In a heart-wrenching incident that has caused a stir in Egypt, a mother of two has reportedly committed suicide after her family was asked to leave their home.
Why? Because the Egyptian woman and her husband were diagnosed with Acquired Immunodeficiency Syndrome (AIDS).
According to local media reports, the unnamed woman, aged 24, jumped from the 5th floor in Cairo's Bulaq district due to what police have described as a "psychological crisis".
According to Al Hurra news outlet, the woman was initially diagnosed with the disease six months ago, having contracted it from her 32-year-old husband.
The latter, a heroin user, had become infected with the Human Immunodeficiency Virus (HIV) through contaminated needles.
The couple has two children, a 3-year-old and a 1-year-old.
While the couple made an effort to keep the issue a secret in fear of scandal and public scrutiny, their neighbors recently found out about it.
In response, the area's residents held a meeting and decided to blatantly force the family to leave its home and the area of Boulaq El Dakror.
Despite the wife's initial refusal to succumb to their dehumanizing request, the family finally agreed to leave and decided to temporarily move in with the husband's mother.
However, when the husband took his kids downstairs to leave for his mother's place, the wife went back up to the apartment claiming to fetch something.
Unfortunately, instead, she threw herself out of the window to meet her fate seconds later. Soon after, police arrived at the scene and confirmed the incident to be a case of suicide, ruling out homicide.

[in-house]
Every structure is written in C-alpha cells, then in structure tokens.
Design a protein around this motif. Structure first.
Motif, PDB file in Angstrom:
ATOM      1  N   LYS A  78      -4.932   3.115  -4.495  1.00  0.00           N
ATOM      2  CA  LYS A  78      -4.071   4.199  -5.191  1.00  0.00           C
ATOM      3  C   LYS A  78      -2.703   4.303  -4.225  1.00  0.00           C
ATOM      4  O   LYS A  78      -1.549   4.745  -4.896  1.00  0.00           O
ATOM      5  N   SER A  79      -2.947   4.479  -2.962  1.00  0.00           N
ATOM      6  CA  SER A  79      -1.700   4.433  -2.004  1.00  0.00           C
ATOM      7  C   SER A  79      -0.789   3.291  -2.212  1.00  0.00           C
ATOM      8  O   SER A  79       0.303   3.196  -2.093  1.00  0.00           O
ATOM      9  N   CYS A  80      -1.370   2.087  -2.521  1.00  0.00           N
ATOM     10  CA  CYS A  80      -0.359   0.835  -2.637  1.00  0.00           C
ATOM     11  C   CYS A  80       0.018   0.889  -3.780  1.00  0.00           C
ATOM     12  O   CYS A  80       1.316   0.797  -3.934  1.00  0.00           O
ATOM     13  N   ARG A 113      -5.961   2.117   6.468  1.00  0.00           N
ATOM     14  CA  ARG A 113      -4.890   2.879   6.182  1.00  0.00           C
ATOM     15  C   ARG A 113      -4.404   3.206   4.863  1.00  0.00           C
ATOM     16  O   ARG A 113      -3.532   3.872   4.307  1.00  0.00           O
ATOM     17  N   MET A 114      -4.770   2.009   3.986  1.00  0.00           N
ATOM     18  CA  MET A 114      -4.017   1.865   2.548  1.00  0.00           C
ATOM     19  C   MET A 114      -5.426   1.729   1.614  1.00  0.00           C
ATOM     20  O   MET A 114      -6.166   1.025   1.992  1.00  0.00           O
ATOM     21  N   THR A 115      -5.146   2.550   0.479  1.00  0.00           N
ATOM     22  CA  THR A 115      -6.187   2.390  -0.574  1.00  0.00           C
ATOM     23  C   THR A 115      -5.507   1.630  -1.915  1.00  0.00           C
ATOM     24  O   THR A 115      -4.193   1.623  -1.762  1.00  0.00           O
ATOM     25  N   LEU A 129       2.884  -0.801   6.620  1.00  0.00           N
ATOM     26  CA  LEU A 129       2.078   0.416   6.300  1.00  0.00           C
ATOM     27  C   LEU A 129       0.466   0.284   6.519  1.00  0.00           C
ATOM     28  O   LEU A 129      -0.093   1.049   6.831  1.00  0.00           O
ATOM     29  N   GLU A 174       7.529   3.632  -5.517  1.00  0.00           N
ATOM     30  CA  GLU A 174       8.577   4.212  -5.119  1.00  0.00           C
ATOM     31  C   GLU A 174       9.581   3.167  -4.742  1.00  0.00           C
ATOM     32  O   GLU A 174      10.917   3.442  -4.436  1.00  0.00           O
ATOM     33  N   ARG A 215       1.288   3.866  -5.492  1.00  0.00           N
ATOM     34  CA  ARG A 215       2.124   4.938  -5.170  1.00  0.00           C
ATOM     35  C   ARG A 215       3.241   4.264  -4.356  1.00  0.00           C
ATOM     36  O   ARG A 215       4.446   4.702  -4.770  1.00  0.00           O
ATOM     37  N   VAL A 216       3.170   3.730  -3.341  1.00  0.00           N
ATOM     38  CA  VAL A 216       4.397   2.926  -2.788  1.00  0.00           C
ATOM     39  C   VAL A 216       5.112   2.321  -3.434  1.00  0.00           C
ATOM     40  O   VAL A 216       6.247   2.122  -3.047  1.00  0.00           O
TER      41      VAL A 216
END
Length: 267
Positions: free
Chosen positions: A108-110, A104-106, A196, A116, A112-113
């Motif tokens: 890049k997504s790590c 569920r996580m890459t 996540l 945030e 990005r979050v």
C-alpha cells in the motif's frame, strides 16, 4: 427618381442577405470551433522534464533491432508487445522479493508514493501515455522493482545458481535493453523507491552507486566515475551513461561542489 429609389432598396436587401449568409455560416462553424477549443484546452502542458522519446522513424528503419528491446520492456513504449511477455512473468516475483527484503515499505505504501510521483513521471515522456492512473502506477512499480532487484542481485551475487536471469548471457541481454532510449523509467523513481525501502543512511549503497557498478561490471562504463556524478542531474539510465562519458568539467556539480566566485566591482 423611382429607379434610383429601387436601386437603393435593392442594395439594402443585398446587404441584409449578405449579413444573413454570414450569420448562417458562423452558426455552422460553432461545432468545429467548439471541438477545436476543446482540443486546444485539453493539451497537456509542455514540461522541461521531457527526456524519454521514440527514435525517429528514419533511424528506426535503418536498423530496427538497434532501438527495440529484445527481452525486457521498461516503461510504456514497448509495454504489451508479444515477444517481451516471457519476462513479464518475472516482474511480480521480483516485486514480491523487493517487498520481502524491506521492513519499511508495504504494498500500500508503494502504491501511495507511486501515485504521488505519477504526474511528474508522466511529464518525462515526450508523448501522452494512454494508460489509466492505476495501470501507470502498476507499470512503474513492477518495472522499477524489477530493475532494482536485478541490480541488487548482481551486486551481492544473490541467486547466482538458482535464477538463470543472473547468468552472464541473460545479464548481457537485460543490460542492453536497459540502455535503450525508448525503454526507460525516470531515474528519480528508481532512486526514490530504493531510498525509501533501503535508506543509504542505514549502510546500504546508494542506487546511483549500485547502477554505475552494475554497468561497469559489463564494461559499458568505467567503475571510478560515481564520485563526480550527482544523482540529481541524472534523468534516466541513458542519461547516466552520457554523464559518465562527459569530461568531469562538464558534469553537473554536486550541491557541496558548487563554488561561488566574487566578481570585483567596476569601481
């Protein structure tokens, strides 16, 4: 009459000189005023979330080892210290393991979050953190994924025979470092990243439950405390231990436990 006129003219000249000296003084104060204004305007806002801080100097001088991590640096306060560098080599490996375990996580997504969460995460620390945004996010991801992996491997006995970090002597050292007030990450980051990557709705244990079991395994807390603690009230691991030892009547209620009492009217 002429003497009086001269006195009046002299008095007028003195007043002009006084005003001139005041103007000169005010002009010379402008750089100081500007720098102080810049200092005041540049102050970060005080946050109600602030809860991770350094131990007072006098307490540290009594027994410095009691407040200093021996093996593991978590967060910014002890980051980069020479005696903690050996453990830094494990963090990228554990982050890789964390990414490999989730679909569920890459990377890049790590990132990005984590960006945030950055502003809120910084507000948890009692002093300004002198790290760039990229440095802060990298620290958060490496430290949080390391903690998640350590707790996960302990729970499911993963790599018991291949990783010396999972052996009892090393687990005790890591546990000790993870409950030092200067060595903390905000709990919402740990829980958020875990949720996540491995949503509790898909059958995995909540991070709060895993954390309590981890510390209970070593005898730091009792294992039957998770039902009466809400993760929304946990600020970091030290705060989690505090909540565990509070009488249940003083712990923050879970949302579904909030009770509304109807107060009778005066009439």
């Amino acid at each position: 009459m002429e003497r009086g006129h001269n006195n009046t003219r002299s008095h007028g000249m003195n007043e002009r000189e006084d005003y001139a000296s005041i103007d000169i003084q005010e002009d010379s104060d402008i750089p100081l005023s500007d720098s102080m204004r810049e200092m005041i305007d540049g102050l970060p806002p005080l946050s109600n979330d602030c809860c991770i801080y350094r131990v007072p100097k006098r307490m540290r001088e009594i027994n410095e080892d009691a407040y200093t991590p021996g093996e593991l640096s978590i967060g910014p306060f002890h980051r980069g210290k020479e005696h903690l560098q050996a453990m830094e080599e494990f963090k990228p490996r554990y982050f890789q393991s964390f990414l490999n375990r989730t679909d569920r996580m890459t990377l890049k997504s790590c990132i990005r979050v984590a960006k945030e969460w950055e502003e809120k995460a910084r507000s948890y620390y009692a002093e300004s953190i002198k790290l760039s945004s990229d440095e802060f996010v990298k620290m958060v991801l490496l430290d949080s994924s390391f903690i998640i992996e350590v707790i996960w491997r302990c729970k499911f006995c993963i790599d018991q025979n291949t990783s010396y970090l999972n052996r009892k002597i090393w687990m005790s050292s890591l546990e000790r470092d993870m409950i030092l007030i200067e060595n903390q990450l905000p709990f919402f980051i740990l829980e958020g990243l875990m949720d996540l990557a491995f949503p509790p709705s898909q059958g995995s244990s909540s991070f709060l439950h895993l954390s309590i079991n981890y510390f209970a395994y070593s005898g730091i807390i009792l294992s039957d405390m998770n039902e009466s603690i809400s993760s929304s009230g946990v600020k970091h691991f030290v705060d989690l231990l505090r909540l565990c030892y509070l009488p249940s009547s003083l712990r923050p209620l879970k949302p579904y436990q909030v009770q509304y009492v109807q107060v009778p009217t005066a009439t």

HIV in Egypt is spreading at an 'alarming' rate, according to the UN
Lack of education and continuous repression of the subject have impeded the efforts made to combat the disease...
This is one of the many stories that demonstrate how the ignorance and stigma surrounding the disease in Egypt have taken a toll on patients' lives.
UNAIDS says there are over 11,000 cases of HIV present in the country. However, Egypt's Health Ministry disagrees, claiming the number is around 7,000.
Egypt ranks "behind only Iran, Sudan and Somalia in the Middle East", in terms of the rate at which the epidemic is spreading.
The lack of education and continuous repression of the subject have impeded the efforts made to combat the disease.
"These groups are highly stigmatized, so they don't seek treatment," Lara Dabaghi, UNAIDS regional communications adviser, once told Al Jazeera.
"Governments in the region do have treatment centers and they do offer treatment for free, but people do not access the treatment because of stigma and discrimination," she explained.